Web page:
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Panel Faults CIA's Spying

The GOP-led House Intelligence Committee scolds the agency's clandestine unit, citing a 'dysfunctional denial' of the need to take action.

June 24, 2004|Bob Drogin and Greg Miller | Times Staff Writers

WASHINGTON — The CIA has ignored its core mission of spying, has refused to take corrective action and is heading "over a proverbial cliff" after years of poor planning and mismanagement, the Republican-led House Intelligence Committee has concluded in the latest congressional broadside aimed at America's premier intelligence agency.

A report that accompanies the committee's proposed intelligence authorization bill, which was approved by the full House in a 360-61 vote Wednesday night, paints a devastating picture of the CIA division that sends clandestine agents overseas, recruits foreign spies, steals secrets and provides covert commandos for the war on terrorism.

In a strongly worded response to the committee's chairman, Rep. Porter J. Goss (R-Fla.), outgoing CIA Director George J. Tenet staunchly defended the agency's performance. He denounced some of the committee's criticism as "ill informed" and "frankly absurd."

Recent investigations into the CIA's failures on Sept. 11 and in prewar reports on Iraq chiefly have blamed agency analysts, who assess classified information from satellite photos, stolen documents and other intelligence. However, the House committee warned in its majority report that the CIA's problems were broader and in some respects had worsened in recent years.

A Senate report expected next month also was expected to strongly criticize the agency as well as address allegations of links between prewar Iraq and Al Qaeda.

"All is not well in the world of clandestine human intelligence collection," House Intelligence Committee Republicans said in the majority report accompanying the funding measure. "For too long, the CIA has been ignoring its core mission activities. There is a dysfunctional denial of any need for corrective action."

The CIA "continues down a road leading over a proverbial cliff," the committee warned. "The damage to the [human intelligence] mission through its misallocation and redirection of resources, poor prioritization of objectives, micromanagement of field operations, and a continued political aversion to operational risk is, in the committee's judgment, significant and could be long lasting."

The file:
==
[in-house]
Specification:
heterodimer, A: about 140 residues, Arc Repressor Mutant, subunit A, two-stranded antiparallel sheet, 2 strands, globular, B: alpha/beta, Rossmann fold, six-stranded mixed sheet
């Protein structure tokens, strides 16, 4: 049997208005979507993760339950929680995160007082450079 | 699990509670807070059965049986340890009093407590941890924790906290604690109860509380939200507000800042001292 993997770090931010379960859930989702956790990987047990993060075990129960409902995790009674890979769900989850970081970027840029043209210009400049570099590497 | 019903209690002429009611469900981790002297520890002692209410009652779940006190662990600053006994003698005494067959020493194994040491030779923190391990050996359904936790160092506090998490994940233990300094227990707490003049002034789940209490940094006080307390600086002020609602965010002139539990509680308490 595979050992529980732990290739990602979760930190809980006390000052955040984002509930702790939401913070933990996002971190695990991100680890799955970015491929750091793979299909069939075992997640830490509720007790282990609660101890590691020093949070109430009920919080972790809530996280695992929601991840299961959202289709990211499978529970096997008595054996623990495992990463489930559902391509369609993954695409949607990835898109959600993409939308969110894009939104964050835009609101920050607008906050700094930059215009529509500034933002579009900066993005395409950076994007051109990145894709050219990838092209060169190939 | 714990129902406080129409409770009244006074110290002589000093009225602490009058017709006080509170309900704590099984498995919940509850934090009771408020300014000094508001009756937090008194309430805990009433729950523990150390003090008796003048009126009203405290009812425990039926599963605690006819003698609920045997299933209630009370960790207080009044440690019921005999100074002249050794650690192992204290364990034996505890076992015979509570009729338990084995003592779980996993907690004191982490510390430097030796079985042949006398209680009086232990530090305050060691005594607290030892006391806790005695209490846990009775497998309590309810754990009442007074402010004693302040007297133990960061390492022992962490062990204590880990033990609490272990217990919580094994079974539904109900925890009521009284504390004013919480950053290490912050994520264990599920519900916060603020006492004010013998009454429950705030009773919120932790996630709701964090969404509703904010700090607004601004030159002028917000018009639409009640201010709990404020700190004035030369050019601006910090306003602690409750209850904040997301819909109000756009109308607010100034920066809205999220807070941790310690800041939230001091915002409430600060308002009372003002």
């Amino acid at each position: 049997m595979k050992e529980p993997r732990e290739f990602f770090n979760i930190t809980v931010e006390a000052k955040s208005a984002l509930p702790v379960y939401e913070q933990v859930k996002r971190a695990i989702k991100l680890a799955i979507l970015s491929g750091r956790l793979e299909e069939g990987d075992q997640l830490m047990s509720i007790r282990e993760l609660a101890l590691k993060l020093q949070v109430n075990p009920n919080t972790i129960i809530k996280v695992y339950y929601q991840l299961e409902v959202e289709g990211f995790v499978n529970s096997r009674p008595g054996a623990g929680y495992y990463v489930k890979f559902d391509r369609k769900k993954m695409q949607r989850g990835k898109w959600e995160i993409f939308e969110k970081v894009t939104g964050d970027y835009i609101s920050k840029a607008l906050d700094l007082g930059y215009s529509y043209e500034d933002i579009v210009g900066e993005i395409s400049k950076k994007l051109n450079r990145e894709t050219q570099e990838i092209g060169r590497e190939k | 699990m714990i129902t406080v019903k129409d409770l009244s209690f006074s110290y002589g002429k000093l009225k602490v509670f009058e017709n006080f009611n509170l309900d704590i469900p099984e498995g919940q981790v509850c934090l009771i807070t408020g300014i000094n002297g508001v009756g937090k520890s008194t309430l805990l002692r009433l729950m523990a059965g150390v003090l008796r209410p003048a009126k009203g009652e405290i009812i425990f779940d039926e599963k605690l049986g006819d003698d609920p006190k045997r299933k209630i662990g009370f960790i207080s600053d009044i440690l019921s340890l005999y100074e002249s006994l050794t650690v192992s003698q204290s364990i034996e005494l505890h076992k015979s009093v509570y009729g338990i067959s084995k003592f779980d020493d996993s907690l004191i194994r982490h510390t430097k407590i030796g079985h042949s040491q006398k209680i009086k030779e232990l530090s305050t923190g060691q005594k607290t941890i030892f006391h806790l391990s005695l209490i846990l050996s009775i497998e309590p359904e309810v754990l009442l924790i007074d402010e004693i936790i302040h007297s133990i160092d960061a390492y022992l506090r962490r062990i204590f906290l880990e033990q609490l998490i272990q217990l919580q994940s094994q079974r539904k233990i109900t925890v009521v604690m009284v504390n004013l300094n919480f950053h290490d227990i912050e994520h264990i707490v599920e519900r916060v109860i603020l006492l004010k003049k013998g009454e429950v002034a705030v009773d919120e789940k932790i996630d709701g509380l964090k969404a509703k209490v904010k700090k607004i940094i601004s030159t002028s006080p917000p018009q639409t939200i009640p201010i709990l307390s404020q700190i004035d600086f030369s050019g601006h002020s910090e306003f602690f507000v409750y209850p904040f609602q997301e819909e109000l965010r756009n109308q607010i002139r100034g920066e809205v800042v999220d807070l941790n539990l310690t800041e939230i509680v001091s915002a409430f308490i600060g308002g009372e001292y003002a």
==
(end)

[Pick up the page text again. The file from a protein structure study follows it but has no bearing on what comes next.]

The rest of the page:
The committee's harsh language, representing the position of the House, is notable because CIA officials and the Bush administration previously have blamed problems at the spy service on budget and staffing cuts imposed by the Clinton administration after the Cold War. President Bush has given no indication that he is dissatisfied with the CIA's performance.

But Republicans on the House Permanent Select Committee on Intelligence blamed "continued CIA mismanagement," as well as decade-old cuts, for the problems. Goss, the outgoing chairman, is a former CIA clandestine officer and has generally supported the CIA in the past.

If the CIA "continues to equate criticism" from Congress and others "as commentary unworthy even of consideration ... they do so at their peril," the committee added. The operations directorate, as the agency's clandestine division is known, "will become nothing more than a stilted bureaucracy incapable of even the slightest bit of success."

Fighting terrorism needs to stay a CIA priority, but the agency must become "much more than just the Central Counterterrorism Agency," the committee said. It also complained that Tenet, who has headed the CIA for seven years, recently said he needed another five years to rebuild America's clandestine service.

"This is tragic," the committee wrote.

Democrats, who said they were surprised by the harsh language in the report, said Goss could be asserting his independence from the CIA in a bid to replace Tenet, who is stepping down July 11 as CIA director and nominal head of America's 14 other intelligence agencies. James L. Pavitt, who has headed the CIA operations directorate for five years, also announced that he was quitting.

In a two-page letter to Goss on Wednesday night, Tenet said he was "deeply disappointed" at the criticism of the clandestine service.

"I find it hard to accept that any serious observer would believe

Tenet said "dysfunctional organizations" did not perform as the CIA did in Afghanistan and Iraq. He cited the CIA's role in exposing a nuclear proliferation network run from Pakistan, and in capturing more than two-thirds of Al Qaeda's leadership. "To suggest that the organization that was key to all these victories" is on the verge of being incapable of success "is frankly absurd," he added.

The House committee critique comes after the independent commission investigating the Sept. 11 attacks sharply faulted CIA leaders, including Tenet, for failing to mobilize the broader intelligence community against Al Qaeda and for failing to share information with the FBI and other agencies that might have led to detection of the 2001 terrorist attacks.

The House report is one of several assessments of the CIA in progress. There also are internal agency inquiries and other congressional investigations.

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